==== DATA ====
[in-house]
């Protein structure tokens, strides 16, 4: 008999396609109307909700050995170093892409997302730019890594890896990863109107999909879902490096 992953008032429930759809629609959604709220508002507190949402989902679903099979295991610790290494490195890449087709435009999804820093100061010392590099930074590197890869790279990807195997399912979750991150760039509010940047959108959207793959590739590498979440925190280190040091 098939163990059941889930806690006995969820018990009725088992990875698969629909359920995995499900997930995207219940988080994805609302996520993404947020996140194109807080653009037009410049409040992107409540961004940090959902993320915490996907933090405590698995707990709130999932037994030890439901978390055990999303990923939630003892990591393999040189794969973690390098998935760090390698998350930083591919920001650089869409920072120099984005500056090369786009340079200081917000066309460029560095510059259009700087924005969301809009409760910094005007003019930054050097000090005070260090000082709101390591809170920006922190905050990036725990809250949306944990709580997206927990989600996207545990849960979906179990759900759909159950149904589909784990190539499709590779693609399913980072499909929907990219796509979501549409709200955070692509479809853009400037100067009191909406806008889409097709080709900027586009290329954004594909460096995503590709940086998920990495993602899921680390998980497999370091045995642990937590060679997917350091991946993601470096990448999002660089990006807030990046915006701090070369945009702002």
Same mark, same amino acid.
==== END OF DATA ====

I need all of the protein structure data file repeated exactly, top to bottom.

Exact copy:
[in-house]
């Protein structure tokens, strides 16, 4: 008999396609109307909700050995170093892409997302730019890594890896990863109107999909879902490096 992953008032429930759809629609959604709220508002507190949402989902679903099979295991610790290494490195890449087709435009999804820093100061010392590099930074590197890869790279990807195997399912979750991150760039509010940047959108959207793959590739590498979440925190280190040091 098939163990059941889930806690006995969820018990009725088992990875698969629909359920995995499900997930995207219940988080994805609302996520993404947020996140194109807080653009037009410049409040992107409540961004940090959902993320915490996907933090405590698995707990709130999932037994030890439901978390055990999303990923939630003892990591393999040189794969973690390098998935760090390698998350930083591919920001650089869409920072120099984005500056090369786009340079200081917000066309460029560095510059259009700087924005969301809009409760910094005007003019930054050097000090005070260090000082709101390591809170920006922190905050990036725990809250949306944990709580997206927990989600996207545990849960979906179990759900759909159950149904589909784990190539499709590779693609399913980072499909929907990219796509979501549409709200955070692509479809853009400037100067009191909406806008889409097709080709900027586009290329954004594909460096995503590709940086998920990495993602899921680390998980497999370091045995642990937590060679997917350091991946993601470096990448999002660089990006807030990046915006701090070369945009702002």
Same mark, same amino acid.